Because this dough stores up to 2 months in the freezer, consider making the full recipe, divide the dough into 2 thick discs, roll and bake one right away and simply store the other until you're ready to bake again. 

Servings: Makes two 9-inch pie crusts 
or one 10-inch pie, tart, or deep dish pie crust 


3/4 cup unsalted butter (1-1/2 stick, softened)
1/2 cup confectioners’ (powdered) sugar
2 large egg yolks
1 teaspoon vanilla
Pinch of salt
2-1/2 cups all-purpose flour (measure after sifting)

Step 1—Make dough: Using an electric mixer, cream butter and sugar until fluffy. Add egg yolks, vanilla, salt, and flour. Mix only enough to incorporate elements and form a dough (do not over-mix or dough will be tough). Use fingers to form 2 thick discs, wrap tightly in plastic and chill for 1–2 hours or until dough is firm.

This dough can also be chilled overnight, stored 
up to 3 days in refrigerator, or 2 months in freezer.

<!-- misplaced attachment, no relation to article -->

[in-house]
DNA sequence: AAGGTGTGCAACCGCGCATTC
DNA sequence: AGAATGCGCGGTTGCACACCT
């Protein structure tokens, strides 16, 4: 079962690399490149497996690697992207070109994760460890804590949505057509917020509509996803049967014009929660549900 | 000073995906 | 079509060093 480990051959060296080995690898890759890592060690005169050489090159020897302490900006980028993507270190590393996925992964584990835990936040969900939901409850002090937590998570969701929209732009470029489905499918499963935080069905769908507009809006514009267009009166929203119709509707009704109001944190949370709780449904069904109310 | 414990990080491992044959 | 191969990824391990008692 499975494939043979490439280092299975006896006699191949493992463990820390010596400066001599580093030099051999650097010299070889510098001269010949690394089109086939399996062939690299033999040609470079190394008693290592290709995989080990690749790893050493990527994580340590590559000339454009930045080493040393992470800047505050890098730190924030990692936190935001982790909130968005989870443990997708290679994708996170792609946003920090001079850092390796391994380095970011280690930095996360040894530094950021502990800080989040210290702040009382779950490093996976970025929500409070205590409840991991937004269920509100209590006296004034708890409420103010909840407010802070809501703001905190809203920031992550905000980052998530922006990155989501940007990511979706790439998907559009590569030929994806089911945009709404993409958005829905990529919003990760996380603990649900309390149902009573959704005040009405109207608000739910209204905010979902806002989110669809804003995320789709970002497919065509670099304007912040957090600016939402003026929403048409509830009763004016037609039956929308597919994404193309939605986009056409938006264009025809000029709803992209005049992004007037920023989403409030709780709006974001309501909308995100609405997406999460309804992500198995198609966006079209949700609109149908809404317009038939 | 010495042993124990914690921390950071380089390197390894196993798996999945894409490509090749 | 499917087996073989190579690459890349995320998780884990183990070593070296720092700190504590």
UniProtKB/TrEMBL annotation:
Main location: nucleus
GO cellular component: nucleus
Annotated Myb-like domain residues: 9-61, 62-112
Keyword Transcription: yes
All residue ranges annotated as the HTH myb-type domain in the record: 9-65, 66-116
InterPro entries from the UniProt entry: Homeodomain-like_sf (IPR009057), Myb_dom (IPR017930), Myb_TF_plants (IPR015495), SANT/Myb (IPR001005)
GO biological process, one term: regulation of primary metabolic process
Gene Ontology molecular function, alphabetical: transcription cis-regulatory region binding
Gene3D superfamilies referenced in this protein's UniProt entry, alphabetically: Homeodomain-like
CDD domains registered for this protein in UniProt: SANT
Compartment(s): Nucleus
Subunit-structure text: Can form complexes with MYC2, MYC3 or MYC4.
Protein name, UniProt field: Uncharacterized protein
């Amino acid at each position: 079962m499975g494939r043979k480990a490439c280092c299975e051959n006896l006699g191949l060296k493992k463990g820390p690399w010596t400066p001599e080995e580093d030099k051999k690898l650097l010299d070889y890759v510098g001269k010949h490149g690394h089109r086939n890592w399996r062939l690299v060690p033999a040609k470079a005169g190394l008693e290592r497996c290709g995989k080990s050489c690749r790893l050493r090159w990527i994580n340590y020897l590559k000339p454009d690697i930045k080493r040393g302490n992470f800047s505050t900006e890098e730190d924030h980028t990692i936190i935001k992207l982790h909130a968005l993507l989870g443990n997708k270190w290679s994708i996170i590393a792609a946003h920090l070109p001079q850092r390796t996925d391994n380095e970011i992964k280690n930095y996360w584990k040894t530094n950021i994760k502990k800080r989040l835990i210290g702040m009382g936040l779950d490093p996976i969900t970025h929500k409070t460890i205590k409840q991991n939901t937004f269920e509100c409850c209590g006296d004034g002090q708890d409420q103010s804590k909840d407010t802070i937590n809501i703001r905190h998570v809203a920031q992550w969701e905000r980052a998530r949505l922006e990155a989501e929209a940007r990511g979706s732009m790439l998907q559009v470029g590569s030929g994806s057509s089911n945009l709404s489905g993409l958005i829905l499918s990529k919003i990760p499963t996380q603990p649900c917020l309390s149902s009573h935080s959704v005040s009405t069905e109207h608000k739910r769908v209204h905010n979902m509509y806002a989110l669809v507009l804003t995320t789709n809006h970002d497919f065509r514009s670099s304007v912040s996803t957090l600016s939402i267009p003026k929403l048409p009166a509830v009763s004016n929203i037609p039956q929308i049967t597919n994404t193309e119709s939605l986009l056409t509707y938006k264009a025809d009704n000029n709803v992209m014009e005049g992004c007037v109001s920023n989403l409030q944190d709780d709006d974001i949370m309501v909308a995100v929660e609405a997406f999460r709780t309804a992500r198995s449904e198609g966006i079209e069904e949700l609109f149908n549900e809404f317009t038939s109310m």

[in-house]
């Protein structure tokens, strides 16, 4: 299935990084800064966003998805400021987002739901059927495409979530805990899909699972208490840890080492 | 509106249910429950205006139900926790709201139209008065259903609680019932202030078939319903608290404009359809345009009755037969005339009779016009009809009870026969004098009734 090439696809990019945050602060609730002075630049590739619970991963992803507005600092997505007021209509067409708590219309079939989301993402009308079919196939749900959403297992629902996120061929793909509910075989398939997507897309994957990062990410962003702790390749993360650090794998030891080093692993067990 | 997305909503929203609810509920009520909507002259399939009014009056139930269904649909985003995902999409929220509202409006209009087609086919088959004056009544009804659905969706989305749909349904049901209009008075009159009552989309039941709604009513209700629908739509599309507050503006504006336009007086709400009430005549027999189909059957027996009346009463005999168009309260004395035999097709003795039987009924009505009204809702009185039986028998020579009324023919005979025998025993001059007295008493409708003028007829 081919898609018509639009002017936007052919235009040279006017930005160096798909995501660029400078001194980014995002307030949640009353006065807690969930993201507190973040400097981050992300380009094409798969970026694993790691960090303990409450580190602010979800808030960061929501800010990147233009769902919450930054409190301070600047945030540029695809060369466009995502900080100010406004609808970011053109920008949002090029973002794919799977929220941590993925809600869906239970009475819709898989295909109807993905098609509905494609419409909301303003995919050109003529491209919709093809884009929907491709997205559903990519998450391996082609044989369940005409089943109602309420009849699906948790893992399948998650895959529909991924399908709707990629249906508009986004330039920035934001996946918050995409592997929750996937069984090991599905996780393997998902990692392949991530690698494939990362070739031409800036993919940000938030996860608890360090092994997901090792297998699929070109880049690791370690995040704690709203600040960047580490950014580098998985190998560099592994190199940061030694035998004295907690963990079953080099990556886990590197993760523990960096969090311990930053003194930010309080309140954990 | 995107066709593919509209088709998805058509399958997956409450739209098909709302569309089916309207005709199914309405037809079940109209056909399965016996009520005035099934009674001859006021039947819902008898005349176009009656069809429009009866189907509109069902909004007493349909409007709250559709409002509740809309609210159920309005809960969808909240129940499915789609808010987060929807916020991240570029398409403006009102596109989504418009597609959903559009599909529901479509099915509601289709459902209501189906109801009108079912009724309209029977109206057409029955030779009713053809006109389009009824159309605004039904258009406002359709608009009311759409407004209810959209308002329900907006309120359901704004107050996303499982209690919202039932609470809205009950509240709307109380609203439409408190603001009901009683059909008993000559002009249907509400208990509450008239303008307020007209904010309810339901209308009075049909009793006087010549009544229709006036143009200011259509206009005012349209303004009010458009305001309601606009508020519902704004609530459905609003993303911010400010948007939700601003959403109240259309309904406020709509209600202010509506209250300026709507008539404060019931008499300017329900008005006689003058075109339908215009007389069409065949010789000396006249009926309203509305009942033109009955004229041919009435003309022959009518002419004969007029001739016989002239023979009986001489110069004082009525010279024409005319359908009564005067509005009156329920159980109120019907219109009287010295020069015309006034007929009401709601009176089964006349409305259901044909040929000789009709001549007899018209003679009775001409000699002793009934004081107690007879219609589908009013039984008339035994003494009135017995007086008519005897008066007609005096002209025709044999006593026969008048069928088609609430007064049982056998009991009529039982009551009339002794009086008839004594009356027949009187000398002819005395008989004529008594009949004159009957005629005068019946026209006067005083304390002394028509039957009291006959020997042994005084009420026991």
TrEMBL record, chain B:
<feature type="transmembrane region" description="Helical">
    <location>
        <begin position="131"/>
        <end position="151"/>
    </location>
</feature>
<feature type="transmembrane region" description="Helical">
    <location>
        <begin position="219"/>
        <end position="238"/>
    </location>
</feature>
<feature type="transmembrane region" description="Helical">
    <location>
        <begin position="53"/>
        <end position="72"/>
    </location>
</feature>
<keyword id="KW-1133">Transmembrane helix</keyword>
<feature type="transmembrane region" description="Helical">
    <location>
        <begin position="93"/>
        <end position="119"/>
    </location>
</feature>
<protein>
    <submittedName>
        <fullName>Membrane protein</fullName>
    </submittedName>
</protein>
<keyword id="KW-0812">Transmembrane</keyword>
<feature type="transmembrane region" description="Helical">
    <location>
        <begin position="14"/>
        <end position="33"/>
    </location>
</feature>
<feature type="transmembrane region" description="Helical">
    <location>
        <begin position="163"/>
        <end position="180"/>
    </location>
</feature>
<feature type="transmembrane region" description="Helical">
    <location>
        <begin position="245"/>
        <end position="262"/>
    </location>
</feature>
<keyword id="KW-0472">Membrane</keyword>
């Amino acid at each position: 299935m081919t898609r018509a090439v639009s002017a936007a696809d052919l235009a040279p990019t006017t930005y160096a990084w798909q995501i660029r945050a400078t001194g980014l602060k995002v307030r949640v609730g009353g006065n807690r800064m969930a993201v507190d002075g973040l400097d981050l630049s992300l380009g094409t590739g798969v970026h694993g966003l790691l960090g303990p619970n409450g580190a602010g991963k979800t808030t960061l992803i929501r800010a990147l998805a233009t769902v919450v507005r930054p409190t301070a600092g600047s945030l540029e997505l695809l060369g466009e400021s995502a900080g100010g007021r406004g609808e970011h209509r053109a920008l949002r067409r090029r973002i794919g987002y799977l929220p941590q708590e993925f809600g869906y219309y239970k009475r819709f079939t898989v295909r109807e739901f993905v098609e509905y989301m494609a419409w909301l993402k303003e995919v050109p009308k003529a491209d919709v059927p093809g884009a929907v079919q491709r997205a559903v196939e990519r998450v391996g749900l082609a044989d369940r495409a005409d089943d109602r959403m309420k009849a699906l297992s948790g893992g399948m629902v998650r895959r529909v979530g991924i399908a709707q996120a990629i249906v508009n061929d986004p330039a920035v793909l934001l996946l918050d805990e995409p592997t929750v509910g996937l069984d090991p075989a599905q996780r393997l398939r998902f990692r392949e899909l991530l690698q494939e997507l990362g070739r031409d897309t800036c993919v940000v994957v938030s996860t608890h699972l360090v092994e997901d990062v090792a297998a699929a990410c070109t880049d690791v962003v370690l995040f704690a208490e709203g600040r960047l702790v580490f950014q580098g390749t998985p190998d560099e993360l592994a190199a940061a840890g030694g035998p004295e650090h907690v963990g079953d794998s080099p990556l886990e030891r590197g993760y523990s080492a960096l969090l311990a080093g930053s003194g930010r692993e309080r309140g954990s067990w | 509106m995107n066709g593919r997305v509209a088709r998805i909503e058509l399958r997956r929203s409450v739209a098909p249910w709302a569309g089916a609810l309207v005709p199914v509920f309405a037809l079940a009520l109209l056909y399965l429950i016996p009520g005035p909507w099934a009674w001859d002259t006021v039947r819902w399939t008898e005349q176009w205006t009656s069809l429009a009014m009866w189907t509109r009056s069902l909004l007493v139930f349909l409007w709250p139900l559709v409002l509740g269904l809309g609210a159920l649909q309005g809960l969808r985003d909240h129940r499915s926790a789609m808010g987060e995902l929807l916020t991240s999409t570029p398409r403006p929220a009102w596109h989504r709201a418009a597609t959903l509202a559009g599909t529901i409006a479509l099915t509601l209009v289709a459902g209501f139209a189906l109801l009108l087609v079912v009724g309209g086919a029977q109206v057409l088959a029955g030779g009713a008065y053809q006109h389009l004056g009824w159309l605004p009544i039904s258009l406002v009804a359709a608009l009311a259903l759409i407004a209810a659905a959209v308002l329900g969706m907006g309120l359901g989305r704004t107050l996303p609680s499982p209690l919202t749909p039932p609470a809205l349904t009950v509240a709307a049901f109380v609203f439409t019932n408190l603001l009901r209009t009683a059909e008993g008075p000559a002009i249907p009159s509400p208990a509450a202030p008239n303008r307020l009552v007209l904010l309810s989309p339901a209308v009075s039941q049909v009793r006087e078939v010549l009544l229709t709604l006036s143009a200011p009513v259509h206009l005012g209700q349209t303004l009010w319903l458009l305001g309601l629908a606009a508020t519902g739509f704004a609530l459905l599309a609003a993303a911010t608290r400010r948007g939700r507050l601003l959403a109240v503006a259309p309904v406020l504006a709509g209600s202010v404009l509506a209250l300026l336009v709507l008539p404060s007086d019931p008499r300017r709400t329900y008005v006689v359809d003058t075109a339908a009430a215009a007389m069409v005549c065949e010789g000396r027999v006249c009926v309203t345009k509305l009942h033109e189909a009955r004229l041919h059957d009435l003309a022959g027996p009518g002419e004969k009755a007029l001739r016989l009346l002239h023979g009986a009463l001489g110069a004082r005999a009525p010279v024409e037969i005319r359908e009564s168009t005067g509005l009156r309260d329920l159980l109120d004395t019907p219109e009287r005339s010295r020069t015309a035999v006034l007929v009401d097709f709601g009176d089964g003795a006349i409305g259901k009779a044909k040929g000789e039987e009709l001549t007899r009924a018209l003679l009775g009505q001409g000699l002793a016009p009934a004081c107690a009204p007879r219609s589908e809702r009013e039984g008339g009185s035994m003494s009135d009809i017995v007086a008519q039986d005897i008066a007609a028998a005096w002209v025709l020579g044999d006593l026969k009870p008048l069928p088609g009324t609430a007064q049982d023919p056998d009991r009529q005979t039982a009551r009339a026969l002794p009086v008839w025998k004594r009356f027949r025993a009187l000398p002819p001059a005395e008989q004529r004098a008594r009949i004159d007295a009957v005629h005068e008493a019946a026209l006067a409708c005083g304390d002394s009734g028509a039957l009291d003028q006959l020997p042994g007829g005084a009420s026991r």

If freezing, place plastic-wrapped discs of dough 
in a re-sealable, freezer-safe plastic bag. 

Step 2—Roll dough: When you remove the dough from the fridge, it will be firm to very hard. Allow it to warm until pliable. Roll out dough to about 1/8-inch in thickness. To avoid using excess flour while rolling (which can toughen crust), simply roll the dough between 2 sheets of parchment paper—only the smallest amount of flour will be needed. The dough may stick to the paper as you roll it out, but you can slide the whole thing onto a baking sheet and transfer it to the fridge to chill for 10 to 15 minutes. This will firm up the dough again and the paper will easily peel away. 

Step 3—Flute, prick, chill: Transfer your rolled-out dough to your pie or tart pan. Trim to fit. Patch torn areas with extra dough, and create fluted edge by pinching dough between fingers. Use a fork to prick bottom of unbaked shell—this prevents bubbling. Now chill the unbaked crust for 15 minutes in the refrigerator. COLD pastry in a HOT oven is what creates flaky layers so be patient and chill. 

Step 4–Bake: Preheat oven to 375° F. To “blind” bake an empty crust, you must weight it to keep it from shrinking. Here’s a fun “coffeehouse” trick. Place a flat-bottomed paper coffee filter on the bottom of the uncooked crust and weight it with 2 cups of dried kidney beans (or use pie weights).